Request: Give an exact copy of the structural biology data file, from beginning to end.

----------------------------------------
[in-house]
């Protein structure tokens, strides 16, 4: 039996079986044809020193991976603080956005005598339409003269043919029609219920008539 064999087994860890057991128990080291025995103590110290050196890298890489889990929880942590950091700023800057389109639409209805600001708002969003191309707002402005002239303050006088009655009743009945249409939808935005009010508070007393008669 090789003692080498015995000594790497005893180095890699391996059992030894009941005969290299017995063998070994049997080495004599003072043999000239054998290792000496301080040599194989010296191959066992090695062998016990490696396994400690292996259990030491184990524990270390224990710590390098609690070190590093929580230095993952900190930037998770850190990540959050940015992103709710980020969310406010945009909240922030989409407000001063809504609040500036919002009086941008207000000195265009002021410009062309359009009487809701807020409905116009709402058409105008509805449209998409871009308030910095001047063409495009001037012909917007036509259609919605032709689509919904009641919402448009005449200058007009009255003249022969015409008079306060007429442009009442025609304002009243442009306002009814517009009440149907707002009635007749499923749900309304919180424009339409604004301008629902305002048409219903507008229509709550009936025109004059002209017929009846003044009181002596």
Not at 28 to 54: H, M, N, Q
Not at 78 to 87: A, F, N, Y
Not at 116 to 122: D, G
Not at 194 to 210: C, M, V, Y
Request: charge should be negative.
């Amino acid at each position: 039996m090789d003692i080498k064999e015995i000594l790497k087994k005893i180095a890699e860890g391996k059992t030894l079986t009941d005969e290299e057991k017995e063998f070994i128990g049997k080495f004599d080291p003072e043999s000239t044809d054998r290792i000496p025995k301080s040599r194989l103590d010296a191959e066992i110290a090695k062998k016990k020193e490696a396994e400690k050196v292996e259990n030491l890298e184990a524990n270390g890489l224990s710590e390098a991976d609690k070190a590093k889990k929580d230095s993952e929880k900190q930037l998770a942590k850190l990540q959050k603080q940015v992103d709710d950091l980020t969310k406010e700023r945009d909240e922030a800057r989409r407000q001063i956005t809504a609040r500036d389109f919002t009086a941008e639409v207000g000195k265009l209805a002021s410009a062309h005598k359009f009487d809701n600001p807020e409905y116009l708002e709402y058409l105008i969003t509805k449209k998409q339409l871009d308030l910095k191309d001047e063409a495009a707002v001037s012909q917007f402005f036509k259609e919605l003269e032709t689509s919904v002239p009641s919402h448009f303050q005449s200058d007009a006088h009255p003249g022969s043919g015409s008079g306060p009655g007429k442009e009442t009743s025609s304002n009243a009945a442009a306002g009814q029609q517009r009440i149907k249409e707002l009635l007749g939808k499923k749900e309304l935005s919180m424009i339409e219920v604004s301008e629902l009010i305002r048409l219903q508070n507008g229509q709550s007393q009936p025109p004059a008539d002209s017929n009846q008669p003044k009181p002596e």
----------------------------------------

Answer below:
[in-house]
């Protein structure tokens, strides 16, 4: 039996079986044809020193991976603080956005005598339409003269043919029609219920008539 064999087994860890057991128990080291025995103590110290050196890298890489889990929880942590950091700023800057389109639409209805600001708002969003191309707002402005002239303050006088009655009743009945249409939808935005009010508070007393008669 090789003692080498015995000594790497005893180095890699391996059992030894009941005969290299017995063998070994049997080495004599003072043999000239054998290792000496301080040599194989010296191959066992090695062998016990490696396994400690292996259990030491184990524990270390224990710590390098609690070190590093929580230095993952900190930037998770850190990540959050940015992103709710980020969310406010945009909240922030989409407000001063809504609040500036919002009086941008207000000195265009002021410009062309359009009487809701807020409905116009709402058409105008509805449209998409871009308030910095001047063409495009001037012909917007036509259609919605032709689509919904009641919402448009005449200058007009009255003249022969015409008079306060007429442009009442025609304002009243442009306002009814517009009440149907707002009635007749499923749900309304919180424009339409604004301008629902305002048409219903507008229509709550009936025109004059002209017929009846003044009181002596």
Not at 28 to 54: H, M, N, Q
Not at 78 to 87: A, F, N, Y
Not at 116 to 122: D, G
Not at 194 to 210: C, M, V, Y
Request: charge should be negative.
């Amino acid at each position: 039996m090789d003692i080498k064999e015995i000594l790497k087994k005893i180095a890699e860890g391996k059992t030894l079986t009941d005969e290299e057991k017995e063998f070994i128990g049997k080495f004599d080291p003072e043999s000239t044809d054998r290792i000496p025995k301080s040599r194989l103590d010296a191959e066992i110290a090695k062998k016990k020193e490696a396994e400690k050196v292996e259990n030491l890298e184990a524990n270390g890489l224990s710590e390098a991976d609690k070190a590093k889990k929580d230095s993952e929880k900190q930037l998770a942590k850190l990540q959050k603080q940015v992103d709710d950091l980020t969310k406010e700023r945009d909240e922030a800057r989409r407000q001063i956005t809504a609040r500036d389109f919002t009086a941008e639409v207000g000195k265009l209805a002021s410009a062309h005598k359009f009487d809701n600001p807020e409905y116009l708002e709402y058409l105008i969003t509805k449209k998409q339409l871009d308030l910095k191309d001047e063409a495009a707002v001037s012909q917007f402005f036509k259609e919605l003269e032709t689509s919904v002239p009641s919402h448009f303050q005449s200058d007009a006088h009255p003249g022969s043919g015409s008079g306060p009655g007429k442009e009442t009743s025609s304002n009243a009945a442009a306002g009814q029609q517009r009440i149907k249409e707002l009635l007749g939808k499923k749900e309304l935005s919180m424009i339409e219920v604004s301008e629902l009010i305002r048409l219903q508070n507008g229509q709550s007393q009936p025109p004059a008539d002209s017929n009846q008669p003044k009181p002596e």